Along with describing the creatures to his readers, Carignan said it was also difficult figuring out what to name his creations. “What is interesting is the hardest part for me [while writing] is naming things,” Carignan said. “So, what I’ll do, is I’ll put in just a literal description of what the word is and just put it through Google translate into a bunch of different languages and be like, ‘Oh, that sounds weird. Let’s use that.’ Or [the name] might be close to [another word] and I’ll just change it.” My daughter is half Vietnamese and I try to use both with her to keep her fluent in English and Vietnamese, so some of the words are variations of the Vietnamese of saying ‘gray desert.’”
Carignan is off to a wonderful start with The Sleeping Man campaign and has many wonderful goals in mind. He wishes to be published, he wishes to have The Sleeping Man funded before November, and he also wishes to donate half of his book’s proceeds to the Children’s Literacy Initiative. “The idea for raising money is I’m not asking for myself. I am asking for myself because I want to be published, but some other good can come of it, so I wanted to maybe have a kid have an experience like I did,” Carignan said. “If I didn’t have the parents that I did, I might be illiterate right now. My school wasn’t teaching me, they didn’t have time for me, I was too hyper. All one person had to do, in this case, my mom, was sit there and read and re-read books with me until I got it. And even now, if I ever see one of those tests where all the letters in every word are jumbled up, I can read that as fast as I can read normal. That is because someone took the time to do that [for me]. If you can read well, so much opens up. I just wanted to do what I could.”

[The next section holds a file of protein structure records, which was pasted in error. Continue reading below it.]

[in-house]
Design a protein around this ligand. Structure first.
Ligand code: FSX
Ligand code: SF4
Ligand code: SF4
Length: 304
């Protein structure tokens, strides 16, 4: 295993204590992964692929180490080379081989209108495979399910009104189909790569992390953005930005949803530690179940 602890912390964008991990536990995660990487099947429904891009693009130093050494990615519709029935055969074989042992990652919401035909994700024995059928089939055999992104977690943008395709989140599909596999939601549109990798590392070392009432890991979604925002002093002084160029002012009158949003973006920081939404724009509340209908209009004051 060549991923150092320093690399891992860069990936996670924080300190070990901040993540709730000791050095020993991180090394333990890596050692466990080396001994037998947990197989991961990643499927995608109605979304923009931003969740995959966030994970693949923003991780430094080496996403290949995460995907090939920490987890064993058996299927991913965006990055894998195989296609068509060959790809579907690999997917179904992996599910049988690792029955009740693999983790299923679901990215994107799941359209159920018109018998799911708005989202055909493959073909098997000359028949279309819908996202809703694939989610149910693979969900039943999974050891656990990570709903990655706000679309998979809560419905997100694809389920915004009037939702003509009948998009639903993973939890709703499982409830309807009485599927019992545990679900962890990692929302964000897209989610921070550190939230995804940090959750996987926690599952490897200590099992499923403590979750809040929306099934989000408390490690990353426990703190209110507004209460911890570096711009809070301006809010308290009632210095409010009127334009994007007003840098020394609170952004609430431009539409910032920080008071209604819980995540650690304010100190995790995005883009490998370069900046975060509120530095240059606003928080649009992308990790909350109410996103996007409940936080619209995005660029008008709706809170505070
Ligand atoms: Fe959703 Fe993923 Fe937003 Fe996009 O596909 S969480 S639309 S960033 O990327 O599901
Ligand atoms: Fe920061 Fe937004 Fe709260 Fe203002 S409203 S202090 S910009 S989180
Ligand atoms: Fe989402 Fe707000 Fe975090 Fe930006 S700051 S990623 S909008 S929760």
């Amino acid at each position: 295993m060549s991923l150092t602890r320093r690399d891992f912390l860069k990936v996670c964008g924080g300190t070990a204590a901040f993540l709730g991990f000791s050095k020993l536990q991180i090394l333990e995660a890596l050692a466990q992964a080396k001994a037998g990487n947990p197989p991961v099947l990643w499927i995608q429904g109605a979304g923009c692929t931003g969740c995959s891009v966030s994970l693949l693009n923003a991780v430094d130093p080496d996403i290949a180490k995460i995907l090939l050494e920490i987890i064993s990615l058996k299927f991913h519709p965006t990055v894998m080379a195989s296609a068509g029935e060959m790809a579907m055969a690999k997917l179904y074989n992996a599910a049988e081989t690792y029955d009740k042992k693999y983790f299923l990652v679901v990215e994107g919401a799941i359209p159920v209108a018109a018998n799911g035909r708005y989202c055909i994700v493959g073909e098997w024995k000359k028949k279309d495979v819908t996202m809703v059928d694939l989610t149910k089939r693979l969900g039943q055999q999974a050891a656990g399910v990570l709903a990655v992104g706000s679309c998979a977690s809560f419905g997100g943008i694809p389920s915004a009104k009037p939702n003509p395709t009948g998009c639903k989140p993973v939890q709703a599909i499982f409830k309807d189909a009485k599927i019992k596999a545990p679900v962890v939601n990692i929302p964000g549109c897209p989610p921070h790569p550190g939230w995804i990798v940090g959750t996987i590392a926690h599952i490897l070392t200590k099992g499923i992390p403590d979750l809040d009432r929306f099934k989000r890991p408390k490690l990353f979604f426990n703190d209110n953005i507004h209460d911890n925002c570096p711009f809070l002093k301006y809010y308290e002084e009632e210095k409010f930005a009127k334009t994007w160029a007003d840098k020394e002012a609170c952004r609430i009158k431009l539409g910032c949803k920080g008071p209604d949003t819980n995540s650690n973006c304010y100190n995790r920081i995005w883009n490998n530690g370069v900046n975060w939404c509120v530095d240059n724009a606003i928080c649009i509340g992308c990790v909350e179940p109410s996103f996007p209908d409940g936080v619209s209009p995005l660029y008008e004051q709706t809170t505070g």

Carignan’s goals are looking really good for The Sleeping Man’s campaign still has over 100 days left and his book already has over 100 pre-orders. When it comes to marketing his book, Carignan has no problem talking to friends, family, and fellow writers and asking for their support. “When you write, you write in a vacuum and it’s not like performing where you perform in front of somebody and you create the art with the audience. Without anybody else seeing it, you have to write it and then you have to hand it to somebody and say, ‘Read this,’ which, if you’re not confident in your own voice, can be very intimidating. Then to ask, on top of that, people for money and then it’s people you know for money, I’m pretty sure it’s harder than talking to girls. I’ve been slowly messaging every person I have saying, ‘Hey, I would sincerely appreciate it if you preordered my work,’” Carignan said. “[It is time consuming], but that’s the positive thing. Inkshares is letting you take it into your own hands. If you put in the time, you [can] get ten orders a day.”